Tragedies Near Bakersfield Campgrounds
One man died, the body of a man missing for two weeks was found, another man went missing and three stranded swimmers and inner tubers were pulled from the Kern River by rescuers over the weekend near Bakersfield, Calif.
An unnamed 53-year-old Palmdale man walked into the Kern River at the Gold Ledge Campground in Tulare County on Friday evening and never came out, according to reports from the Tulare County Sheriff’s Department, the Bakersfield Californian reported.
On Saturday morning a California Highway Patrol helicopter spotted his body caught on a tree in the river, about seven miles north of Kernville.
Members of the Tulare County Sheriff’s Department swift water rescue team responded and retrieved the body. Then, 20 yards away, they spotted a second body in the water.
Sgt. Chris Douglass of the Tulare County Sheriff’s Department identified the second man as Minh Nguyen, 22, of Westminster, one of two men who went missing on June 13 after the raft they were in was pulled into a “boil” — a turbulent area in the middle of the river — and capsized.
The other man, Scott Neacato, 22, of Los Angeles, remains missing, Douglass said.
Both men were part of a group of 11 people who were camping at Ant Canyon campground, about one mile above Gold Ledge, Tulare Sheriff’s reports stated.
Neacato recently graduated from UCLA with a degree in sociology, according to a story on the website of The Daily Bruin, the university’s newspaper, and the trip was to celebrate that graduation.
According to TheKern.com, an informational site profiling outdoor adventures in the Kern River Valley, Ant Canyon is the beginning of what experienced rafters and kayakers call Thunder Run, a long series of challenging class four and class five rapids that tax the most experienced river riders.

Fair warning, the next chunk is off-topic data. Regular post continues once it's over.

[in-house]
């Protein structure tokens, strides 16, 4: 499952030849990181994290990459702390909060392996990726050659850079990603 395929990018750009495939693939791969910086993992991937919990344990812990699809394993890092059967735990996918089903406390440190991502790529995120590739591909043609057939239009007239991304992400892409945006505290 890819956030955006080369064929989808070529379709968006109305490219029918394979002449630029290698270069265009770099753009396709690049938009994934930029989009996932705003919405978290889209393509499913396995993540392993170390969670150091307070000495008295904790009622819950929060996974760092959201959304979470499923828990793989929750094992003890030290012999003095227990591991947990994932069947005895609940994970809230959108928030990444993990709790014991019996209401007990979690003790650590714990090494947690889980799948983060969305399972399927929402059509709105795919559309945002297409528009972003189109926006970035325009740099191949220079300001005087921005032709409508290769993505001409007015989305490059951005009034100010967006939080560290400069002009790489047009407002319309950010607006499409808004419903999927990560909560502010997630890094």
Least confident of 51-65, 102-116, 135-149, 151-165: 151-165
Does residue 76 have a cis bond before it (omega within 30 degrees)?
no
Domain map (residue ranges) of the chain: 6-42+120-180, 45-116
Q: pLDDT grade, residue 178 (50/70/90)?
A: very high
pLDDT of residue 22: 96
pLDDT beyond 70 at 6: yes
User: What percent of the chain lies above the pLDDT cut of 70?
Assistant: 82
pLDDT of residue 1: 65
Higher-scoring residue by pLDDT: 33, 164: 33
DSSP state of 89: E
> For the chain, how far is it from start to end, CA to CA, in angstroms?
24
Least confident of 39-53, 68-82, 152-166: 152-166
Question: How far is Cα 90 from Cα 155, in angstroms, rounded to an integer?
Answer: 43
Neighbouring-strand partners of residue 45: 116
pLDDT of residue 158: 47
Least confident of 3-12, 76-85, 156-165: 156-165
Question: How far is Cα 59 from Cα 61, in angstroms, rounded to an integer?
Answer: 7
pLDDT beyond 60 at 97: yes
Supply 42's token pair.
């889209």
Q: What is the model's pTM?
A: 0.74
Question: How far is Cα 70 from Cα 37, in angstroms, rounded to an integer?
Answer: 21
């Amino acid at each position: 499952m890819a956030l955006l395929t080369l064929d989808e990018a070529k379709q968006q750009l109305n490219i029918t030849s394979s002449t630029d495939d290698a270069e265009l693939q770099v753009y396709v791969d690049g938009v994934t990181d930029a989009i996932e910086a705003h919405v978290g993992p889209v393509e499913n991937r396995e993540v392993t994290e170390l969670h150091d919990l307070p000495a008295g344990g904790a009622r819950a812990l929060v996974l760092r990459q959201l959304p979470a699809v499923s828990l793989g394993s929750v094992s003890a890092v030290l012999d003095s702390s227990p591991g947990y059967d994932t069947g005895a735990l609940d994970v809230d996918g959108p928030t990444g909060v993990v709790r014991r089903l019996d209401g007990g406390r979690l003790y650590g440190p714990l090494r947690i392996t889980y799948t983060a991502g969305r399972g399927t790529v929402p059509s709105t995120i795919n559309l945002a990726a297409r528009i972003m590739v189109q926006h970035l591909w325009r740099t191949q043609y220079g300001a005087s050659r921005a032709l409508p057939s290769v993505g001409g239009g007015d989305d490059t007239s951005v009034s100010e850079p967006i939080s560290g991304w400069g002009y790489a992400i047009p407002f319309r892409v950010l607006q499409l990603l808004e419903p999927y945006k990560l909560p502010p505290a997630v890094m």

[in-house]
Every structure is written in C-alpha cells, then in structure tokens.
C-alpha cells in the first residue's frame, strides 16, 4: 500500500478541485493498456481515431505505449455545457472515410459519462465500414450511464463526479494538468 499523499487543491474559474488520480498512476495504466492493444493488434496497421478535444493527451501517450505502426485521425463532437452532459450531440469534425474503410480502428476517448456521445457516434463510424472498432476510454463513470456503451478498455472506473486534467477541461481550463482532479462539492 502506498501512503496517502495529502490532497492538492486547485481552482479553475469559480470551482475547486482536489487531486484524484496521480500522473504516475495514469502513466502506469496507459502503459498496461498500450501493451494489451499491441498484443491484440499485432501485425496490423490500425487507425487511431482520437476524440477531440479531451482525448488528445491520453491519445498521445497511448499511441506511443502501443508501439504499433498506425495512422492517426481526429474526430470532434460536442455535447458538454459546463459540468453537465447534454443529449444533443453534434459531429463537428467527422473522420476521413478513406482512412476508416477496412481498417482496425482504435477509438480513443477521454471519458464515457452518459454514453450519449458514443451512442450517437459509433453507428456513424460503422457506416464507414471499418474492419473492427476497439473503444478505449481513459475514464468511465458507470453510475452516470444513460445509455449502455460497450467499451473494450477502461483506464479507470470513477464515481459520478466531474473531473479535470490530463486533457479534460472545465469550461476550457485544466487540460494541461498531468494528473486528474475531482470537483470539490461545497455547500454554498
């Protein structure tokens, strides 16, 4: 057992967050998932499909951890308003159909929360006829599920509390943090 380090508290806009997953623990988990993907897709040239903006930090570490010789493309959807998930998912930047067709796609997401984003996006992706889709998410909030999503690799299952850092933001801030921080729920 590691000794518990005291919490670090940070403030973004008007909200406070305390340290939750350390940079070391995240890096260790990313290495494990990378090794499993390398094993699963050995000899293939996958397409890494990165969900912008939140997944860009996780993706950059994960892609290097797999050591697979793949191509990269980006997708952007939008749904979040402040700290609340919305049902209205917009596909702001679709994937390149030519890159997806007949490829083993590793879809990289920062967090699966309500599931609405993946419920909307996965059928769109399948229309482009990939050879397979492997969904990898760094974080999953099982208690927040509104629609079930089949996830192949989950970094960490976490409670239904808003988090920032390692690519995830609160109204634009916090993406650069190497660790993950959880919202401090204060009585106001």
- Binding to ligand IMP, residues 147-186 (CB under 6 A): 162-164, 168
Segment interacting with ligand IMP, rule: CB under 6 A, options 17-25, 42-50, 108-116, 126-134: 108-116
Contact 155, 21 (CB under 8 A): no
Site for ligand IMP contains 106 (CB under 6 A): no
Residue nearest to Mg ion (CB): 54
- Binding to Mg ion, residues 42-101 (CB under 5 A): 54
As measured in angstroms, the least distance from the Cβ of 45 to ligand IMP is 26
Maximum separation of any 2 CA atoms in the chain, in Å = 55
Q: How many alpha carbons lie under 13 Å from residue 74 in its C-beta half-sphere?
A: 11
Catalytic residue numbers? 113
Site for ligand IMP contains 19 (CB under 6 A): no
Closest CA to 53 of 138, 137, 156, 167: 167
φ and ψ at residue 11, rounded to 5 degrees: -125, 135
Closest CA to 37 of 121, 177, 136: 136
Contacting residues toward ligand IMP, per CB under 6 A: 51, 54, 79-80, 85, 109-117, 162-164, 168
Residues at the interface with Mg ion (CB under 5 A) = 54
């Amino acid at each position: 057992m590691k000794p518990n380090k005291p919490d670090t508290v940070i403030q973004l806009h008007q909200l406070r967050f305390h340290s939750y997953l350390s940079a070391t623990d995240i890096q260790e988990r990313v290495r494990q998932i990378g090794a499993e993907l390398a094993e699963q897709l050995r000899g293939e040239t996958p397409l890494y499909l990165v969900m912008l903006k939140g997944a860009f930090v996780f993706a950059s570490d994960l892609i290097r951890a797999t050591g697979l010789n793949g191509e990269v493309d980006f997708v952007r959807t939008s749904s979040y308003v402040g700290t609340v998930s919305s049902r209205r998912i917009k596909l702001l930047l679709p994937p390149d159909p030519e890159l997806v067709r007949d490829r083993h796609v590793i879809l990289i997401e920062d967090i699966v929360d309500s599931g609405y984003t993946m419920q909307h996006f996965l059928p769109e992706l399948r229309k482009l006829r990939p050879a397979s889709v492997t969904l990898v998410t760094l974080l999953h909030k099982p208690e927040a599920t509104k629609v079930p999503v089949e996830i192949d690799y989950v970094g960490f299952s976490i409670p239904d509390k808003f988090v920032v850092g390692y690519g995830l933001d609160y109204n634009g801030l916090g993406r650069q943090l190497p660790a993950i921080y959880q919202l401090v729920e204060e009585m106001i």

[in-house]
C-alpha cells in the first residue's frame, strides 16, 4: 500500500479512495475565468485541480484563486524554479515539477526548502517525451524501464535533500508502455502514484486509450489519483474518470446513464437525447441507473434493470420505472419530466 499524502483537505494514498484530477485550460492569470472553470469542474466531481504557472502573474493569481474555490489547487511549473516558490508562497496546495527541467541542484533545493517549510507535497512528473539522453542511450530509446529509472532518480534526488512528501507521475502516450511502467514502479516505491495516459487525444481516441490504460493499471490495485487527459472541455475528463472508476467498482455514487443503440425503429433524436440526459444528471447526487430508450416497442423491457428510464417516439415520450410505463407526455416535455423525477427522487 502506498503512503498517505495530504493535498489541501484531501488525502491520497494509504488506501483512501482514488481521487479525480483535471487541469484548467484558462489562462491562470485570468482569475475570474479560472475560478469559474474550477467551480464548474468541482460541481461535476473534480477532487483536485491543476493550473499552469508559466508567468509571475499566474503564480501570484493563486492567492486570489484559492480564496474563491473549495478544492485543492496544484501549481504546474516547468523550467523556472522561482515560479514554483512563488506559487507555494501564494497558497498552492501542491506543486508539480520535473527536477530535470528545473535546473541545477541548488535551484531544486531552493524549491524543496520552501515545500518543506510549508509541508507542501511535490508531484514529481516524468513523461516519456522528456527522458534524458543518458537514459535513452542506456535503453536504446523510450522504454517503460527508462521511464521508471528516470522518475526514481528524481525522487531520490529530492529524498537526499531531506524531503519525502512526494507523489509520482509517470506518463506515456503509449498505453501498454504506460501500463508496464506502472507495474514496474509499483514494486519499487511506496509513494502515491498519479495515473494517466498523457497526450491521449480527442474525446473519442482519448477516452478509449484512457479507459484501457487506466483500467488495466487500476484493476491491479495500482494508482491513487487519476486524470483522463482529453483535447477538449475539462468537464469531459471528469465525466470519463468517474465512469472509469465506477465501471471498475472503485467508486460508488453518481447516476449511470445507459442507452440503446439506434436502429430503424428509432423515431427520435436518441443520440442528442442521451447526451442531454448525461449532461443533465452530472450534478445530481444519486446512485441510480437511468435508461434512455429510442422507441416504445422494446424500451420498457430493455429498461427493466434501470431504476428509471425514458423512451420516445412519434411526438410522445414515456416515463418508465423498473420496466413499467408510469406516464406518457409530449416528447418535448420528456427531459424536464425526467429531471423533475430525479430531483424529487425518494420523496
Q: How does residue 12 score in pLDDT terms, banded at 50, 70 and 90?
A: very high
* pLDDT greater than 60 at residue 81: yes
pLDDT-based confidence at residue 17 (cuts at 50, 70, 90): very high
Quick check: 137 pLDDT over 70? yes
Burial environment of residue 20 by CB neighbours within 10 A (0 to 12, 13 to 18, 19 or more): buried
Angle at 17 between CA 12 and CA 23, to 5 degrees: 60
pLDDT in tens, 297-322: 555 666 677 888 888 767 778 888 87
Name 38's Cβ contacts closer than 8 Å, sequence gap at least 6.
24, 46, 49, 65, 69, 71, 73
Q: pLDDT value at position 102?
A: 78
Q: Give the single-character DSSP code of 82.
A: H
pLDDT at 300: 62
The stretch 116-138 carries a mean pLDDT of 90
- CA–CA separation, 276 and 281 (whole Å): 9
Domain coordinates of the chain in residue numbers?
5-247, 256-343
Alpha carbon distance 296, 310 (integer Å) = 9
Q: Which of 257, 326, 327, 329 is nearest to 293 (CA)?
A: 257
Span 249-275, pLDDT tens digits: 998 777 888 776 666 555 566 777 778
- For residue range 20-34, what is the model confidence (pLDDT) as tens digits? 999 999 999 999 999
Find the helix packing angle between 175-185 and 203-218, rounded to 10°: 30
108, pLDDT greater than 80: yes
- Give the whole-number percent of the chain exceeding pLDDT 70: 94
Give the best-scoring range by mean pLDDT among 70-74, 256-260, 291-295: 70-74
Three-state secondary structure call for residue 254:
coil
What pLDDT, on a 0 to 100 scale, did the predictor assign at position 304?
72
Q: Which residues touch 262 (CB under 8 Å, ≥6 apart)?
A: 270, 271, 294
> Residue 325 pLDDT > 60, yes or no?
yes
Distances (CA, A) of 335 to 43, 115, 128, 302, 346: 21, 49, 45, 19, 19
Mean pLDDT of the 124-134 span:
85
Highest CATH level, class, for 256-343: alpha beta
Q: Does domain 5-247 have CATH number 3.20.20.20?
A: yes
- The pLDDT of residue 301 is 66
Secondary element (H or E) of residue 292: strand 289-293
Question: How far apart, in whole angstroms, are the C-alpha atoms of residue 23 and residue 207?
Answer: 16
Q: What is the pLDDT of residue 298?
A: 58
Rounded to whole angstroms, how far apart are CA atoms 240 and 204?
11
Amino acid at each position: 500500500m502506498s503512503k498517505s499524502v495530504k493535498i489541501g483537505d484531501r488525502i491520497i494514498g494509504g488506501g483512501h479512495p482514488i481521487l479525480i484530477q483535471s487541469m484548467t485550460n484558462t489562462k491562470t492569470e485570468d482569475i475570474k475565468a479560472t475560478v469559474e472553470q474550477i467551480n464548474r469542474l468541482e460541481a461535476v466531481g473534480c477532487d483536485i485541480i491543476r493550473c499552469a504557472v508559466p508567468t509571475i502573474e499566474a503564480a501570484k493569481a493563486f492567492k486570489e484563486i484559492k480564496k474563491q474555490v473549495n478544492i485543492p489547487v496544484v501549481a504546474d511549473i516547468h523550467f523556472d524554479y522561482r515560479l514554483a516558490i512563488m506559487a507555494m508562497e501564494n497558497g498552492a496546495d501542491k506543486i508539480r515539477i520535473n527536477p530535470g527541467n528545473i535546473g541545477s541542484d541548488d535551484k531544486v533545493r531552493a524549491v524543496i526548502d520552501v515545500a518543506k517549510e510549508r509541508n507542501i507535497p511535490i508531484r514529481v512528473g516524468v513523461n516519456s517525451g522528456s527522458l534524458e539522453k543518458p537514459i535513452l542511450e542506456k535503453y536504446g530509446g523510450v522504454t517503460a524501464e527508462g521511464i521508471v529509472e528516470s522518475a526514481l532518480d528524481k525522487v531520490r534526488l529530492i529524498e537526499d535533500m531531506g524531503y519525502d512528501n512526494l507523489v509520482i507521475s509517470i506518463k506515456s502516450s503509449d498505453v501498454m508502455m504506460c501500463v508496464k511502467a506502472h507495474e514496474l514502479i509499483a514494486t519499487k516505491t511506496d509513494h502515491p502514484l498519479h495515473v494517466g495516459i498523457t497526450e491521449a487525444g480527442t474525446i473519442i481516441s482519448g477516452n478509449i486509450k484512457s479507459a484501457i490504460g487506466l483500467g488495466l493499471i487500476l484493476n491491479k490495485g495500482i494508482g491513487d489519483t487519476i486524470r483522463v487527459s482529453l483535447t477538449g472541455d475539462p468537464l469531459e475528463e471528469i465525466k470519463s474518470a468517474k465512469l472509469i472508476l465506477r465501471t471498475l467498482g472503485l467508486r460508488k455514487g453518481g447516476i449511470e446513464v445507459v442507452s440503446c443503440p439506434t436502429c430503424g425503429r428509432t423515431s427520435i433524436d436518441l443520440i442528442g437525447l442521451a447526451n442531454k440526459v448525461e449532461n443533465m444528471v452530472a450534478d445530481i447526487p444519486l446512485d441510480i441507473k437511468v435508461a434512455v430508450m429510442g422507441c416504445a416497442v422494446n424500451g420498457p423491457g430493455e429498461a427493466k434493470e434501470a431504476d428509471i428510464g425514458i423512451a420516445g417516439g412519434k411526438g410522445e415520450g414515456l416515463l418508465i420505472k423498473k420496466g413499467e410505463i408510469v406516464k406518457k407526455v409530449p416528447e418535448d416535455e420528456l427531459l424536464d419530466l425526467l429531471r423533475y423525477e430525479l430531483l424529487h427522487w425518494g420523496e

Currently, river rafting companies are not offering Thunder Run trips because of the heavy river flows which can reportedly turn the section into a treacherous class six ride.
“The water is way too cold and way too swift,” Douglass said. “It’s actually dangerous for our swift water team to go into the river. Even the trained rescue teams won’t go in.”
The group of campers Neacato and Nguyen were with had tied a line across the river at that point and then tied a two-person raft to the line.
The two men were riding in the raft when it was sucked under. Neither was wearing a life jacket.
Neacato reportedly did not know how to swim.
In a recent editorial, Bakersfield Fire Department Chief Douglas Greener urged people to show respect for the river and caution when playing in or around it.
“There is a distinct difference between rafting and kayaking with trained water guides or experienced enthusiasts using maintained equipment and certified personal flotation devices, and floating down the river on an inner tube or pool toy,” Greener wrote. “That is not respect — but an invitation for disaster.”
Additional river emergencies kept rescue teams on the Kern County side on Saturday and Sunday.
On Saturday, just after 1 p.m., Sheriff’s deputies were called out to rescue two boys from Palmdale who trapped themselves on the north side of the river while inner tubing at Sandy Flats campground just a few miles downriver from Lake Isabella.
The boys — who were wearing life jackets — were pulled into a raft and returned to their families by volunteers from the Sheriff’s Kern Valley Swift Water Rescue team.
Neither boy was injured.
Then, at around 5:51 p.m. Saturday, Sheriff’s volunteers from the Bakersfield Swift Water Rescue Team were called out to rescue Victor Recinos, 36, of Bakersfield from where he clung to a tree in the middle of the Kern River at the western edge of Hart Park.
A raft team was able to retrieve Recinos from his perch. He told rescuers that he was swept away by the strong current when he attempted to help another stranded rafter.
Recinos was not injured.
On Sunday morning river rescue teams began the hunt for a 50-year-old man who has been swept away by the rushing waters of the Kern River near the spot where the two boys had been rescued the day before.
Sheriff’s Lt. Steve Hansen said the man was overpowered by the flow of water near Sandy Flats and Hobo campgrounds at around 11 a.m. Sunday.
The unidentified man was still missing late Sunday afternoon.
Hansen said, because swimmers and rafters are unprepared for the flows they are facing in the Kern River this year, he doesn’t expect the constant flow of rescue calls to stop this summer.
“There’s probably three times as much water in the river this year, as compared to last year,” he said.
His advice to people is to stay out of the river. If they choose to go in, Hansen urges them to wear a life jacket.